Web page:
(Sample Material) UPSC IAS Mains History (Optional) Study Kit "Vijayanagar & Bahamani Empire"

Sample Material of Our IAS Mains History Study Kit

Subject: History (Optional)

Topic: Vijayanagar & Bahamani Empire

Muhammad bin Tughlaq’s reign witnessed the rise of two independent states in the south, namely the Vijayanagar (A.D. 1336) and Bahamani (A.D. 1347) kingdoms.

Vijaynagar Empire (1336 - 1565)

Vijaynagar Kingdom and the city was founded by Harihar-l and Bukka-1 (sons of Sangama) who were feudatories of Kakatiyas and later became ministers in the court of Kampili. Harihar and Bukka were brought to the centre by Mohammed bin Tughlaq, converted to Islam and were sent to south again to control rebellion but on the instance of Vidyaranya, they established Vijaynagar Kingdom in 1336 AD. Vijaynagar’s arch rival were Bahmani Sultans with whom they fought over Tungabhadra doab(between Krishna & Tungabhadra), Krishna-Godavari delta (Raichur) and Marathwada.

Kapaya Nayaka availed of the situation, expelled the Muslim governor of Telengana, captured Warangal and assumed the titles of Andhradesadhisvara and Andhrasuratrana. The uprising now spread to the kingdom of Kampili, where the populace, possibly under the leadership of Somadevaraja, revolted against the Sultanate governor. Muhammad bin Tughlaq despatched the brothers Harihara and Bukka to the south. The two had been in his custody since he had overrun the kingdom of Kampili, and had been converted to Islam. The Sultan took oaths of loyalty from them before sending them to, tackle the situation in Kampili. The brothers were enthusiastically greeted by the local people and soon established peace in the region.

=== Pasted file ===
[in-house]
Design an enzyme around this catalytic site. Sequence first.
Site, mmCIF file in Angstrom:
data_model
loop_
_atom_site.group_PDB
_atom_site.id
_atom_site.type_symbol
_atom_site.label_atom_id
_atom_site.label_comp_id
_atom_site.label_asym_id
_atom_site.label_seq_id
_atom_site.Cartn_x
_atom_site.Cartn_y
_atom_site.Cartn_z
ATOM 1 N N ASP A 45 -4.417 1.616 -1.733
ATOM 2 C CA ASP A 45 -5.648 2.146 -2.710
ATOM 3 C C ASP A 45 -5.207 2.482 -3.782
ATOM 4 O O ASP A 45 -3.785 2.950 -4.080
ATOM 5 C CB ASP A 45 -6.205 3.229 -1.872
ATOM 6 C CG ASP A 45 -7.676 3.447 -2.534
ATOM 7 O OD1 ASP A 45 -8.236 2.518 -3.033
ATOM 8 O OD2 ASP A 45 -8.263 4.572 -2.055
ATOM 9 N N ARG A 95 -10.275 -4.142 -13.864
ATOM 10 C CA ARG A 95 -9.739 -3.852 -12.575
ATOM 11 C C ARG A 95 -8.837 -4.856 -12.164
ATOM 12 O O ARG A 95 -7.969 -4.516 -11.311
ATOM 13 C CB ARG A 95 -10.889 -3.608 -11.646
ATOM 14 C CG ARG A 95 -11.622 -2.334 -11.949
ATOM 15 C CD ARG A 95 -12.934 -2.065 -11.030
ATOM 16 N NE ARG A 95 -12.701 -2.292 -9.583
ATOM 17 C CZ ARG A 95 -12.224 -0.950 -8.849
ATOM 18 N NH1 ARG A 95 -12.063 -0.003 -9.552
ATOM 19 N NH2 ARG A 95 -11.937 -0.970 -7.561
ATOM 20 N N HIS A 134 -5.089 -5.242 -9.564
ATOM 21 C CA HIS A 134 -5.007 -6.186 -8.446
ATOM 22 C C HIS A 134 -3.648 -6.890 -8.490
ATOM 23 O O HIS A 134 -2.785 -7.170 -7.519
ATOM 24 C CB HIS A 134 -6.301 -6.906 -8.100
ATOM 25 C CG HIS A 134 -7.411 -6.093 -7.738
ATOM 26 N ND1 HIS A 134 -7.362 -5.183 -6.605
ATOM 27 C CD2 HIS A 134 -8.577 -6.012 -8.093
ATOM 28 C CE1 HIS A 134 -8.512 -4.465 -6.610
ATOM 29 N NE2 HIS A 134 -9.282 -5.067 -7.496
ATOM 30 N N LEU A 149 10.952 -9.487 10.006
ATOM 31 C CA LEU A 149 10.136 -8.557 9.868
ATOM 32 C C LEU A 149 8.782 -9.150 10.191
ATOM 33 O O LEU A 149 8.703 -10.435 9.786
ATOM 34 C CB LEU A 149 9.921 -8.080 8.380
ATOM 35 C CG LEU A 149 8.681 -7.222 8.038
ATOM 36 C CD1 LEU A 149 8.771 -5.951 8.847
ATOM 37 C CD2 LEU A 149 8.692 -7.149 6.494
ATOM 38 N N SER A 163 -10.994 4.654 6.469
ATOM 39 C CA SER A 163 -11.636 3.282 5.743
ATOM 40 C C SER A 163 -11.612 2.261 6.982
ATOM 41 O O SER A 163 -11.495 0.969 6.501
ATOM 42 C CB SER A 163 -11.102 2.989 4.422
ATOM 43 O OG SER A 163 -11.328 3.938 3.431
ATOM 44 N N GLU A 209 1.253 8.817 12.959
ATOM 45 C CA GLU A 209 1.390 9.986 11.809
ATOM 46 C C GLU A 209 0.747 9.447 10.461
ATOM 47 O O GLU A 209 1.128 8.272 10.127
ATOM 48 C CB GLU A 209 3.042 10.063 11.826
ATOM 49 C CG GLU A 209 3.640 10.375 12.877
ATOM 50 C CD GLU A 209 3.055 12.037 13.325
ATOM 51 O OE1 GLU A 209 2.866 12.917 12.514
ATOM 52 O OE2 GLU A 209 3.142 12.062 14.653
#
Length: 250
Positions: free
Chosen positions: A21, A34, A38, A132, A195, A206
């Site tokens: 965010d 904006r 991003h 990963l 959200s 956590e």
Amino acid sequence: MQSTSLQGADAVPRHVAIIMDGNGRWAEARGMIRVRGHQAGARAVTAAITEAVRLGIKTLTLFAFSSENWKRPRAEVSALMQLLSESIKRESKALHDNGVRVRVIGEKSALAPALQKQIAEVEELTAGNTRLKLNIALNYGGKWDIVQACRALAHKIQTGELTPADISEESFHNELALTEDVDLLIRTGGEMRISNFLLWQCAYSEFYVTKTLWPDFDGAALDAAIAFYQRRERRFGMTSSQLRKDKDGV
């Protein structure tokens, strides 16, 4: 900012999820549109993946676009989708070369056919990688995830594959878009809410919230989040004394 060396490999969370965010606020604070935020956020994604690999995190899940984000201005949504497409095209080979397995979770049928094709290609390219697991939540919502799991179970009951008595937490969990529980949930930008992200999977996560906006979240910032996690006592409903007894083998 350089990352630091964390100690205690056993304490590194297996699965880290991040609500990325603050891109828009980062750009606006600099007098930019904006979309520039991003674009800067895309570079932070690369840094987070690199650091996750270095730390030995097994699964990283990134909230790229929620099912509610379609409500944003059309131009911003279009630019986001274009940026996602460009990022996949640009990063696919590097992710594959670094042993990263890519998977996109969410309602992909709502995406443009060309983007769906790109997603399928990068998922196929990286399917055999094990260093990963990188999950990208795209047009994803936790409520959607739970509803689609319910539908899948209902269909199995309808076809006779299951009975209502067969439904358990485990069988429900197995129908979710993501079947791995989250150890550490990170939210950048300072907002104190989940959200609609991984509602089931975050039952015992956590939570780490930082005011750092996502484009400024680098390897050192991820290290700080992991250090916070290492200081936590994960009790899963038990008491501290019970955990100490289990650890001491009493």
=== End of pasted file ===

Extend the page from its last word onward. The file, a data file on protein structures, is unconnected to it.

According to the Kapaluru and Bagepalli grants, in 1336 Harihara and Bukka laid the foundations of the city of Vijayanagar, on the inspiration of the great sage and scholar Vidyaranya. Harihara Bukka and their three other brothers were the sons of Sangama, and the dynasty they founded is known as the Sangama dynasty. Three other dynasties, the Saluva, Tuluva, and Aravidu, subsequently ruled over Vijayanagar. The first dynasty, known as the Sangama dynasty, exercised control till 1485. They were supplanted by the Saluvas, military commanders, who remained in power till 1503 when they were replaced by the Tuluvas. Krishnadeva Raya belonged to the Tuluva dynasty.

Vijayanagar, by 1346, had succeeded in incorporating the entire Hoysala kingdom. Ibn Battuta has provided a chilling account of the massacre of Hindus by the fourth Sultan of Madura. In 1356, Harihara was succeeded by his brother, Bukka I. While he engaged the Bahamani Sultans in the north, his son, Kumara Kampana, successfully challenged the state of Madura, even killing one of its Sultans. He also reinstated the divine images in the Rajasimheswara temple at Kanchi and the Ranganathaswami temple at Srirangam. Finally, by 1377, the Sultanate of Madura was vanquished. The Vijayanagar Empire now extended over the whole of south India upto Rameshwaram and included Tamil lands as well as Kerala.